Despite the limited amount of land under irrigation, the agriculture sector remains the country’s largest water user, accounting for over 80 percent of water consumed nationally. Gravity, open canal and flooding or basin irrigation methods commonly in use are very water-inefficient, with up to 45 percent water losses. Despite a relative abundance of water resources, critical parts of Tanzania, the Pangani River Basin in particular, are considered water-stressed. Freshwater availability per capita in the latter is 1,200 cubic meters, compared to 1,608 cubic meters for Tanzania as a whole. The water-efficiency of irrigation solutions is therefore critical to safeguard Tanzania’s future water security.
“Tanzania’s smallholder farmers produce the majority of agricultural output, but they also struggle to access affordable credits and related services,” said TAHA CEO Jacqueline Mkindi. “The challenge is not only about lack of financial products in the market but also weak support system to guide farmers on how to access available credit in a smart manner.”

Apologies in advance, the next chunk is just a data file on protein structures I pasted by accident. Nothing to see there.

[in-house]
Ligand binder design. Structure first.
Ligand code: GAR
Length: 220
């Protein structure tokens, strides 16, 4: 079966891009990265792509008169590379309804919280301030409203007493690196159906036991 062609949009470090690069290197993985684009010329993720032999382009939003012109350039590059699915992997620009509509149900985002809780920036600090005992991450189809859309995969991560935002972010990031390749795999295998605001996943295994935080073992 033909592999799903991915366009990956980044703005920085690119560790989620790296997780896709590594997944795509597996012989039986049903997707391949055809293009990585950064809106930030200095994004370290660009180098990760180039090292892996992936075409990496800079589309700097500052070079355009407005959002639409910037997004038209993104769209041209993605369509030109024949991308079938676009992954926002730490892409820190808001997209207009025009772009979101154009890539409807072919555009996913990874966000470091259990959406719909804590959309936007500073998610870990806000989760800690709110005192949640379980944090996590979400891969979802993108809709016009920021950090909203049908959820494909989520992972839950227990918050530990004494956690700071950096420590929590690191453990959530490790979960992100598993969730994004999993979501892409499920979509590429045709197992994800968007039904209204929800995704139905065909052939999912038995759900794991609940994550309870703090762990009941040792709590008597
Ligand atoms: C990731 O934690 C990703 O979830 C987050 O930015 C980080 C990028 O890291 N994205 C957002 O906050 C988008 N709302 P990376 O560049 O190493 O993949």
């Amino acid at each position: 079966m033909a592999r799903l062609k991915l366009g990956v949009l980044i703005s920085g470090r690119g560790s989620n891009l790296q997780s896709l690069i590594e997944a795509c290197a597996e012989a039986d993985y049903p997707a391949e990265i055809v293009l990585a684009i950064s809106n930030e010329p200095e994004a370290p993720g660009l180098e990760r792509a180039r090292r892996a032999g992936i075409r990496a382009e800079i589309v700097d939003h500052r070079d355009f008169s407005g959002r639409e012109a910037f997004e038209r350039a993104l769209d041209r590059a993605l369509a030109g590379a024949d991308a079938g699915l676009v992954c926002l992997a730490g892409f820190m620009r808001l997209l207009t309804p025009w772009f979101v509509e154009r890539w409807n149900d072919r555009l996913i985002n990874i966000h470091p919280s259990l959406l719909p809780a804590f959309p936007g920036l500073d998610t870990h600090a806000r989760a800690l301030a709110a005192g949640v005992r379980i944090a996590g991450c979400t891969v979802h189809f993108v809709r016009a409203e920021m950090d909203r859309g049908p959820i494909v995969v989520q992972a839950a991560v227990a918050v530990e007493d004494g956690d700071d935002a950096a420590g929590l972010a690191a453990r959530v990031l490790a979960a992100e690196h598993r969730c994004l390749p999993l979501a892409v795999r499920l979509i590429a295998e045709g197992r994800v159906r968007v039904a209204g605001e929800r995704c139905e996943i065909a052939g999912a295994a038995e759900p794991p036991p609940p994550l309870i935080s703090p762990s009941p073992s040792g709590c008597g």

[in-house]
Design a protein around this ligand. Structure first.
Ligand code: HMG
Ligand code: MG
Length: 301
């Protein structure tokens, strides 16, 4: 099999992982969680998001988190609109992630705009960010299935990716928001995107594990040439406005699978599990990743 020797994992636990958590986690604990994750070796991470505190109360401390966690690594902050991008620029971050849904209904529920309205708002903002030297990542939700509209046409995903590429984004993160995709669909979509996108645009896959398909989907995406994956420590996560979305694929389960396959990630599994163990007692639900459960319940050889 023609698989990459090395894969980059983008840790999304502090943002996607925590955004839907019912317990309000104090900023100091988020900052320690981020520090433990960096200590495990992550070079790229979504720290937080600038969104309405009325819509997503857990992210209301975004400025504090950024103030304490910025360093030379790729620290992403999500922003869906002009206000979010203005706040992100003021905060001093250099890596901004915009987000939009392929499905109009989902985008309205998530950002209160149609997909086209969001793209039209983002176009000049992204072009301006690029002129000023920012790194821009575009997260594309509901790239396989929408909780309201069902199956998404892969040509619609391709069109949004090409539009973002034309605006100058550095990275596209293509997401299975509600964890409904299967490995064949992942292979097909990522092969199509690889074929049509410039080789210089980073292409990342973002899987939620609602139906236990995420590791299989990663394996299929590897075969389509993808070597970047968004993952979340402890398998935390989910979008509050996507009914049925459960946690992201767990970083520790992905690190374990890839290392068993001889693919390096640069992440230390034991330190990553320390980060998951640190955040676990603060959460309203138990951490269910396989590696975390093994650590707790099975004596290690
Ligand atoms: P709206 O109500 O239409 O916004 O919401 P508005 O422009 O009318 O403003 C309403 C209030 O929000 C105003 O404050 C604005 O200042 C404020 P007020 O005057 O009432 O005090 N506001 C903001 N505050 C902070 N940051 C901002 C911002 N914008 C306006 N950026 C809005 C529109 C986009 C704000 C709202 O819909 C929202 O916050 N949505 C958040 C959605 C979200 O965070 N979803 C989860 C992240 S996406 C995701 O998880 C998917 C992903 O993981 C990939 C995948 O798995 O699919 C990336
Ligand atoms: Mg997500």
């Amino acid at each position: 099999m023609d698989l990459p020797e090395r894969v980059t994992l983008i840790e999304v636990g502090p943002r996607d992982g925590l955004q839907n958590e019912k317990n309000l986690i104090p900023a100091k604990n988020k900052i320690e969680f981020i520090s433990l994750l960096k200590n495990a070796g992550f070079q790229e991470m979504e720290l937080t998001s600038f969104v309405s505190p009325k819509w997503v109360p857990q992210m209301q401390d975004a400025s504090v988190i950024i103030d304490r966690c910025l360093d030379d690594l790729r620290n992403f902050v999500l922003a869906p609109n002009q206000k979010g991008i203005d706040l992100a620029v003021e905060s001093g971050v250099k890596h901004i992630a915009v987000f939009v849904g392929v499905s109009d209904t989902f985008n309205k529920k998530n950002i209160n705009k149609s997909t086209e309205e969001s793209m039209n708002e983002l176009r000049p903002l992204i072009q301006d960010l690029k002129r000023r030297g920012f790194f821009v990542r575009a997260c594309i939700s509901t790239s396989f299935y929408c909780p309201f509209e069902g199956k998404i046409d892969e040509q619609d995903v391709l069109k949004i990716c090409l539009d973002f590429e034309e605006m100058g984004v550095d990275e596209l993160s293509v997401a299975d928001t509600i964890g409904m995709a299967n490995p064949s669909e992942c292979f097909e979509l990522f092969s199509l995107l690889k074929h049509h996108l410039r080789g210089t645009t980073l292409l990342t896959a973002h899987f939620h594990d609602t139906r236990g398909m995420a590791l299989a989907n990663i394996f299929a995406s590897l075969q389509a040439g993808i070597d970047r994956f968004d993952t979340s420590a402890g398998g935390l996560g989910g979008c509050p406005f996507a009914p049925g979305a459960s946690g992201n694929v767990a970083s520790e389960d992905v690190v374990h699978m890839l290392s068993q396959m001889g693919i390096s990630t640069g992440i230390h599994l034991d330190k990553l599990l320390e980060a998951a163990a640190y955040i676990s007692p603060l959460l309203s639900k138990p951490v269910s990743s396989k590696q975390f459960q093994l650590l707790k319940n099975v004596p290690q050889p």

A market study carried out in 2016 by TADB, Tanzania 2030 WRG, and FSDT found that although the country’s banks have developed products aimed at supporting such farmers, the high costs of capital and of identifying investment-ready farmers increases the risks to extending irrigation financing on a large scale.
“Qualified demand for irrigation is dispersed and uncharted. Such conditions, combined with the relative disconnect between target farmers and financial institutions, make identifying bankable irrigation projects challenging” said Japhet Justine, Managing Director for TADB, “That’s precisely the challenge that this partnership is intended to address.”
The consortium will identify, prioritize, incubate, and package irrigation financing opportunities that meet the requirements of funding sources, therefore reducing the coordination burden on financiers.